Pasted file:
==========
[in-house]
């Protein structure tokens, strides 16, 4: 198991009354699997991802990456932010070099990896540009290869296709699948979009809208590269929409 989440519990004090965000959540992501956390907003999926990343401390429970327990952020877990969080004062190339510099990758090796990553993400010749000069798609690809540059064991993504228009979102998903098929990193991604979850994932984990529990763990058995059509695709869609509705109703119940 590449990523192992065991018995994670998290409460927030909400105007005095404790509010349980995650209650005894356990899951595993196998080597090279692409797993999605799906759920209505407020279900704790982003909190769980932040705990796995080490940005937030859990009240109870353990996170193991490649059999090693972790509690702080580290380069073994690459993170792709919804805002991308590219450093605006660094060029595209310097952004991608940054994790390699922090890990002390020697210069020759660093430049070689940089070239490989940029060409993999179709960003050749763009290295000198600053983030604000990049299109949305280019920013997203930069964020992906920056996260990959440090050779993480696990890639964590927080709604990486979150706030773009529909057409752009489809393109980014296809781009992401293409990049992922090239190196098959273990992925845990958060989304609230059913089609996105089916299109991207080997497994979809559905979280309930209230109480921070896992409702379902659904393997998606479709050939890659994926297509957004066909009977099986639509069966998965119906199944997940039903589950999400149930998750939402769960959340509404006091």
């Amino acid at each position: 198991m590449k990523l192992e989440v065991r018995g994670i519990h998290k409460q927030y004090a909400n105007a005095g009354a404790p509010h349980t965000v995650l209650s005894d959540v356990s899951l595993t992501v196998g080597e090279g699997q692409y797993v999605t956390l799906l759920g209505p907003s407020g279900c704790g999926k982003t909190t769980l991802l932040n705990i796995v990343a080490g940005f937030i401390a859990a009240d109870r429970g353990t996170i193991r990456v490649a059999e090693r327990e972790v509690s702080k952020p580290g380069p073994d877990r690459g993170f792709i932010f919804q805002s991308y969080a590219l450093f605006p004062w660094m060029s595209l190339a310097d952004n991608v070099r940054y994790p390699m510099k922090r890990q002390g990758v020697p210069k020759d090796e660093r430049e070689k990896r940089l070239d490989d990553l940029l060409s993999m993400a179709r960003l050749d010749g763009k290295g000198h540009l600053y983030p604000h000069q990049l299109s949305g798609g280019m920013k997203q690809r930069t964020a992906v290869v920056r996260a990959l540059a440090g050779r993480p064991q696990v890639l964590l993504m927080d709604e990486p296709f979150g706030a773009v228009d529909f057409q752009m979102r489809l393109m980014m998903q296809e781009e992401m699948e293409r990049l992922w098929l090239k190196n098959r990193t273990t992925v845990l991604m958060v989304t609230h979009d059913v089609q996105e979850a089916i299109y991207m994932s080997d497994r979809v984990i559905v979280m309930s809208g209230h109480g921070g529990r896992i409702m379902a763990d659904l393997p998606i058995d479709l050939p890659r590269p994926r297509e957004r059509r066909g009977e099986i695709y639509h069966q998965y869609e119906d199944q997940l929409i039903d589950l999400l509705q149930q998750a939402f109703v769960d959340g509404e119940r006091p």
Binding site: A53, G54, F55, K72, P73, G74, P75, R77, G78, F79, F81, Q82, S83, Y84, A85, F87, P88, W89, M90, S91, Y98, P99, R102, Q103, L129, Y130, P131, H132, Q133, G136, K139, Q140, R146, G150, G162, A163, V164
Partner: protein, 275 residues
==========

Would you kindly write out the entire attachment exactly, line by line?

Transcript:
[in-house]
């Protein structure tokens, strides 16, 4: 198991009354699997991802990456932010070099990896540009290869296709699948979009809208590269929409 989440519990004090965000959540992501956390907003999926990343401390429970327990952020877990969080004062190339510099990758090796990553993400010749000069798609690809540059064991993504228009979102998903098929990193991604979850994932984990529990763990058995059509695709869609509705109703119940 590449990523192992065991018995994670998290409460927030909400105007005095404790509010349980995650209650005894356990899951595993196998080597090279692409797993999605799906759920209505407020279900704790982003909190769980932040705990796995080490940005937030859990009240109870353990996170193991490649059999090693972790509690702080580290380069073994690459993170792709919804805002991308590219450093605006660094060029595209310097952004991608940054994790390699922090890990002390020697210069020759660093430049070689940089070239490989940029060409993999179709960003050749763009290295000198600053983030604000990049299109949305280019920013997203930069964020992906920056996260990959440090050779993480696990890639964590927080709604990486979150706030773009529909057409752009489809393109980014296809781009992401293409990049992922090239190196098959273990992925845990958060989304609230059913089609996105089916299109991207080997497994979809559905979280309930209230109480921070896992409702379902659904393997998606479709050939890659994926297509957004066909009977099986639509069966998965119906199944997940039903589950999400149930998750939402769960959340509404006091």
């Amino acid at each position: 198991m590449k990523l192992e989440v065991r018995g994670i519990h998290k409460q927030y004090a909400n105007a005095g009354a404790p509010h349980t965000v995650l209650s005894d959540v356990s899951l595993t992501v196998g080597e090279g699997q692409y797993v999605t956390l799906l759920g209505p907003s407020g279900c704790g999926k982003t909190t769980l991802l932040n705990i796995v990343a080490g940005f937030i401390a859990a009240d109870r429970g353990t996170i193991r990456v490649a059999e090693r327990e972790v509690s702080k952020p580290g380069p073994d877990r690459g993170f792709i932010f919804q805002s991308y969080a590219l450093f605006p004062w660094m060029s595209l190339a310097d952004n991608v070099r940054y994790p390699m510099k922090r890990q002390g990758v020697p210069k020759d090796e660093r430049e070689k990896r940089l070239d490989d990553l940029l060409s993999m993400a179709r960003l050749d010749g763009k290295g000198h540009l600053y983030p604000h000069q990049l299109s949305g798609g280019m920013k997203q690809r930069t964020a992906v290869v920056r996260a990959l540059a440090g050779r993480p064991q696990v890639l964590l993504m927080d709604e990486p296709f979150g706030a773009v228009d529909f057409q752009m979102r489809l393109m980014m998903q296809e781009e992401m699948e293409r990049l992922w098929l090239k190196n098959r990193t273990t992925v845990l991604m958060v989304t609230h979009d059913v089609q996105e979850a089916i299109y991207m994932s080997d497994r979809v984990i559905v979280m309930s809208g209230h109480g921070g529990r896992i409702m379902a763990d659904l393997p998606i058995d479709l050939p890659r590269p994926r297509e957004r059509r066909g009977e099986i695709y639509h069966q998965y869609e119906d199944q997940l929409i039903d589950l999400l509705q149930q998750a939402f109703v769960d959340g509404e119940r006091p």
Binding site: A53, G54, F55, K72, P73, G74, P75, R77, G78, F79, F81, Q82, S83, Y84, A85, F87, P88, W89, M90, S91, Y98, P99, R102, Q103, L129, Y130, P131, H132, Q133, G136, K139, Q140, R146, G150, G162, A163, V164
Partner: protein, 275 residues